Conventional systems for cooling engine cylinder heads provide coolant patterns which go from one end of the cylinder head and block to the other. This approach is successful in that engines generally do not overheat, but temperatures may vary between cylinders in a way that some cylinders are cooled just barely enough, while other cylinders are overcooled. This can affect the distribution of fuel and air into the cylinders and the initiation of combustion, such that not all of the cylinders attain optimum performance due to cylinder-to-cylinder cooling differences. Karl Hellman of NVFEL developed a cooling system for an engine including a cylinder block having multiple cylinders covered and closed by a cylinder head. The coolant system includes an inlet rail and an outlet rail located on opposing sides of the cylinder head and a pump for feeding coolant flow through a discharge line into the inlet rail. A control valve and an associated temperature sensor are provided within each of the coolant flow passages and a controller individually controls each of the control valves in accordance with the signal received from its associated temperature sensor.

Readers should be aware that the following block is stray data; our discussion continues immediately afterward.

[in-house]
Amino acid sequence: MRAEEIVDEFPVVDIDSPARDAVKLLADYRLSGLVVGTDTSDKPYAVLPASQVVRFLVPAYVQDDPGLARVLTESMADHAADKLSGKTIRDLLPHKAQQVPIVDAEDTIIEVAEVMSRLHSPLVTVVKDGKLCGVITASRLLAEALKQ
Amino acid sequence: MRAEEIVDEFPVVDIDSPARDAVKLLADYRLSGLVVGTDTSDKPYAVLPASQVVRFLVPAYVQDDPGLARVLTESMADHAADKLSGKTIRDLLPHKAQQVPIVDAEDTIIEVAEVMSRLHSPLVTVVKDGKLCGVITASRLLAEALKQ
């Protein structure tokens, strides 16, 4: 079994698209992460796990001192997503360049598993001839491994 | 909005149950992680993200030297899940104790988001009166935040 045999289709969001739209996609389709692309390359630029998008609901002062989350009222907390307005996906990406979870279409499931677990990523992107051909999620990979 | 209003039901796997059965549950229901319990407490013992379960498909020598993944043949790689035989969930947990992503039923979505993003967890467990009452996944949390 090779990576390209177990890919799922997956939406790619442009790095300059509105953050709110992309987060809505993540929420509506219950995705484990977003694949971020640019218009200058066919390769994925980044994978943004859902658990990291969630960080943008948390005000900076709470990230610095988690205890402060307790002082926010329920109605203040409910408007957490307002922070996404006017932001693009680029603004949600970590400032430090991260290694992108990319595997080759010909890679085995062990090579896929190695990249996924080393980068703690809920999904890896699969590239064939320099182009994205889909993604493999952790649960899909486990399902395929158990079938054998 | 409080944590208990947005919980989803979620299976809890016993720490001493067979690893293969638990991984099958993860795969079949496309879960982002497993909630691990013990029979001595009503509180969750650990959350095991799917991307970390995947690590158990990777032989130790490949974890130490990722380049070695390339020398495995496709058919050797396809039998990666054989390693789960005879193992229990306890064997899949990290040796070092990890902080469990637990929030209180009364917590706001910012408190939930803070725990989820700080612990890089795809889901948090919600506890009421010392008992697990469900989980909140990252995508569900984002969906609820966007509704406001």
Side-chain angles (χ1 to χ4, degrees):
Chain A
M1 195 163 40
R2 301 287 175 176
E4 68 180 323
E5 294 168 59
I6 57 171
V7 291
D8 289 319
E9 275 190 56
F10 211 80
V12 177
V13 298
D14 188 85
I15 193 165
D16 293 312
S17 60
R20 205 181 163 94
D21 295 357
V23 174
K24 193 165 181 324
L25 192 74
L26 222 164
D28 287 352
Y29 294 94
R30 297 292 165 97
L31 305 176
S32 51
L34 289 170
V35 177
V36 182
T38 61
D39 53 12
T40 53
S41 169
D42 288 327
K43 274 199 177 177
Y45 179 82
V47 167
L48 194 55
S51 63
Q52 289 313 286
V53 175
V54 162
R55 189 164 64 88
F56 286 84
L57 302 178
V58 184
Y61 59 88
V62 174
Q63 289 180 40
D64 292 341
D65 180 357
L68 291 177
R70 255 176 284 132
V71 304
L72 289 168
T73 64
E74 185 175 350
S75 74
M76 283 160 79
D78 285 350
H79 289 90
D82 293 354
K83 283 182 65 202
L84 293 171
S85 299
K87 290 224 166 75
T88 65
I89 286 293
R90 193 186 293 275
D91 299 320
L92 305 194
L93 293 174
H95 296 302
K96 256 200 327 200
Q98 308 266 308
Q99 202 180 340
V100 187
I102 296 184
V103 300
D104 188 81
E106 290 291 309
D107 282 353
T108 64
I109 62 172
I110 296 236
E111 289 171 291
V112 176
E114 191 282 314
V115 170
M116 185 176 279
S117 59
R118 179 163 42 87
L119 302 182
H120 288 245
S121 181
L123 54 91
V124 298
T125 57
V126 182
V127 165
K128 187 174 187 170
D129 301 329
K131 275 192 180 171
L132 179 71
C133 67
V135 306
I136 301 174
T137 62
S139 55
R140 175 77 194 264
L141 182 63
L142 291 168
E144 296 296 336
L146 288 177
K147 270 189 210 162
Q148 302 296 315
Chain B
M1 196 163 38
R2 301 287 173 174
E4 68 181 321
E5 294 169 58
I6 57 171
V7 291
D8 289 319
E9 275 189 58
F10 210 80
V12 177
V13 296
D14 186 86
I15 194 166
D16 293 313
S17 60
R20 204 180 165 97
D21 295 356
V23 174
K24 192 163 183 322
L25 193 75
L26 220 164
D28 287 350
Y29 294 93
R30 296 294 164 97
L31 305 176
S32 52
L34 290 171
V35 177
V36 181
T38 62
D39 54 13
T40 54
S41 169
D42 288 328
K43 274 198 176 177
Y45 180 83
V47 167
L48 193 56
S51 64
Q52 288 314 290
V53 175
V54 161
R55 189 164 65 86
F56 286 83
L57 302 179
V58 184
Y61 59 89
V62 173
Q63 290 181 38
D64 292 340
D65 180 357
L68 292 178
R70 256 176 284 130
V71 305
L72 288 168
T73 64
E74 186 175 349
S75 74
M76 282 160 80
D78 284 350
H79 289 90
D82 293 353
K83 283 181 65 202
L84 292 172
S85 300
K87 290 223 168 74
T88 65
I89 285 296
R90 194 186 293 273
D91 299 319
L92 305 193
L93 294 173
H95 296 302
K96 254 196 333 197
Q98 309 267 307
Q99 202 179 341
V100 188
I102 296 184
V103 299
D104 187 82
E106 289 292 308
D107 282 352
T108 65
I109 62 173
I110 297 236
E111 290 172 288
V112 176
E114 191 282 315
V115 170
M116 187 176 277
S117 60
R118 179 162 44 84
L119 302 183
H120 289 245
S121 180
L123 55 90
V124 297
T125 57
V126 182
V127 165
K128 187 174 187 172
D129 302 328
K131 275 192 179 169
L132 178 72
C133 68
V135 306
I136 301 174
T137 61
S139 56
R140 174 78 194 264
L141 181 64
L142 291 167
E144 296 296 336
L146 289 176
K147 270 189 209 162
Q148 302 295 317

Exhaust Aftertreatment System (6,820,417)

The control of nitrogen oxide (NOx) emissions from internal combustion engines and particulate matter (PM) emissions from compression (diesel) combustion engines is an environmental problem. Gasoline engine vehicles use three-way catalysts to control such emissions, because their exhaust gases lack oxygen. But so-called "lean-burn" gas engines and diesel engines have enough oxygen in their exhausts that conventional catalytic systems are not effective. Charles Schenk of NVFEL, along with co-inventors from Analytical Engineering Inc., developed a diesel engine exhaust aftertreatment system that reduces NOx and PM. The aftertreatment system may include one or more exhaust flow paths, or "legs", and each leg of the exhaust system may contain any combination of an injector, NOx adsorber element(s), with an upstream or downstream diesel oxidation catalyst, and optional upstream or downstream particulate trap or other substrate.